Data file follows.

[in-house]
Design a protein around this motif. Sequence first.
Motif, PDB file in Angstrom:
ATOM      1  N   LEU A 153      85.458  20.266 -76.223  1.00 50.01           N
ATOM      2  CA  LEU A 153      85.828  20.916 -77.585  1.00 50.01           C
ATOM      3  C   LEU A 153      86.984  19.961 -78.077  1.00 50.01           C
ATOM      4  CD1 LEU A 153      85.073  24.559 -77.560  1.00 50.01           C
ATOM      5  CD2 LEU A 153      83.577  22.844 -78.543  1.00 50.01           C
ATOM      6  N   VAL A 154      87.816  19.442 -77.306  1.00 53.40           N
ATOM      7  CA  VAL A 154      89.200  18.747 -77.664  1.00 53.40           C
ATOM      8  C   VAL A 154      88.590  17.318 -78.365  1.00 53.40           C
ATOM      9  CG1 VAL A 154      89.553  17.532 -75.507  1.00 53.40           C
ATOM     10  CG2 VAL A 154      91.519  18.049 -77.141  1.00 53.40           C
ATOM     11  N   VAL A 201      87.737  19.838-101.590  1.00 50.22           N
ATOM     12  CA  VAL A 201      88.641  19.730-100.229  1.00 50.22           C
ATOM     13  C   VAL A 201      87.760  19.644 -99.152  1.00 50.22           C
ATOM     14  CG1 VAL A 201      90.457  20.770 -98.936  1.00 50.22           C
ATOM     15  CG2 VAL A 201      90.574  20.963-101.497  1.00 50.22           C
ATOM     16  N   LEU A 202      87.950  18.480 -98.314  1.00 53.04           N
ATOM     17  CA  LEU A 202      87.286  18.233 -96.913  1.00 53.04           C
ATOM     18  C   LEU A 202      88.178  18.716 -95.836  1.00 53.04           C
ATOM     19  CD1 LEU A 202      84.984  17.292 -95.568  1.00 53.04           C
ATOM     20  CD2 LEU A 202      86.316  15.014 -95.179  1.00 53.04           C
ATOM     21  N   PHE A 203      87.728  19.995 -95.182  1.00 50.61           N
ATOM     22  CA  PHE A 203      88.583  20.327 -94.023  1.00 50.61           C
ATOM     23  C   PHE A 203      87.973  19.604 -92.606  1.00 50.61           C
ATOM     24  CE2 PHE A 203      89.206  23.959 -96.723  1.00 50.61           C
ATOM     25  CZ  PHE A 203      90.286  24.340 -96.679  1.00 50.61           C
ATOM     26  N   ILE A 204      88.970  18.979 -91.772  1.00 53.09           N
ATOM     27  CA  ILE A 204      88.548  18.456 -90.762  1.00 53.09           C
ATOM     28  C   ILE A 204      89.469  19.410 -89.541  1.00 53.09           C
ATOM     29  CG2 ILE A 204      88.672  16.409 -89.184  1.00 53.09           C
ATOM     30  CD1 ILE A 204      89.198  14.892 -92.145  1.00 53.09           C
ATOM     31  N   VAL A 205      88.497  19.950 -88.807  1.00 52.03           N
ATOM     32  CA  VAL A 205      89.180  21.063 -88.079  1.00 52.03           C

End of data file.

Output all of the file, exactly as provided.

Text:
[in-house]
Design a protein around this motif. Sequence first.
Motif, PDB file in Angstrom:
ATOM      1  N   LEU A 153      85.458  20.266 -76.223  1.00 50.01           N
ATOM      2  CA  LEU A 153      85.828  20.916 -77.585  1.00 50.01           C
ATOM      3  C   LEU A 153      86.984  19.961 -78.077  1.00 50.01           C
ATOM      4  CD1 LEU A 153      85.073  24.559 -77.560  1.00 50.01           C
ATOM      5  CD2 LEU A 153      83.577  22.844 -78.543  1.00 50.01           C
ATOM      6  N   VAL A 154      87.816  19.442 -77.306  1.00 53.40           N
ATOM      7  CA  VAL A 154      89.200  18.747 -77.664  1.00 53.40           C
ATOM      8  C   VAL A 154      88.590  17.318 -78.365  1.00 53.40           C
ATOM      9  CG1 VAL A 154      89.553  17.532 -75.507  1.00 53.40           C
ATOM     10  CG2 VAL A 154      91.519  18.049 -77.141  1.00 53.40           C
ATOM     11  N   VAL A 201      87.737  19.838-101.590  1.00 50.22           N
ATOM     12  CA  VAL A 201      88.641  19.730-100.229  1.00 50.22           C
ATOM     13  C   VAL A 201      87.760  19.644 -99.152  1.00 50.22           C
ATOM     14  CG1 VAL A 201      90.457  20.770 -98.936  1.00 50.22           C
ATOM     15  CG2 VAL A 201      90.574  20.963-101.497  1.00 50.22           C
ATOM     16  N   LEU A 202      87.950  18.480 -98.314  1.00 53.04           N
ATOM     17  CA  LEU A 202      87.286  18.233 -96.913  1.00 53.04           C
ATOM     18  C   LEU A 202      88.178  18.716 -95.836  1.00 53.04           C
ATOM     19  CD1 LEU A 202      84.984  17.292 -95.568  1.00 53.04           C
ATOM     20  CD2 LEU A 202      86.316  15.014 -95.179  1.00 53.04           C
ATOM     21  N   PHE A 203      87.728  19.995 -95.182  1.00 50.61           N
ATOM     22  CA  PHE A 203      88.583  20.327 -94.023  1.00 50.61           C
ATOM     23  C   PHE A 203      87.973  19.604 -92.606  1.00 50.61           C
ATOM     24  CE2 PHE A 203      89.206  23.959 -96.723  1.00 50.61           C
ATOM     25  CZ  PHE A 203      90.286  24.340 -96.679  1.00 50.61           C
ATOM     26  N   ILE A 204      88.970  18.979 -91.772  1.00 53.09           N
ATOM     27  CA  ILE A 204      88.548  18.456 -90.762  1.00 53.09           C
ATOM     28  C   ILE A 204      89.469  19.410 -89.541  1.00 53.09           C
ATOM     29  CG2 ILE A 204      88.672  16.409 -89.184  1.00 53.09           C
ATOM     30  CD1 ILE A 204      89.198  14.892 -92.145  1.00 53.09           C
ATOM     31  N   VAL A 205      88.497  19.950 -88.807  1.00 52.03           N
ATOM     32  CA  VAL A 205      89.180  21.063 -88.079  1.00 52.03           C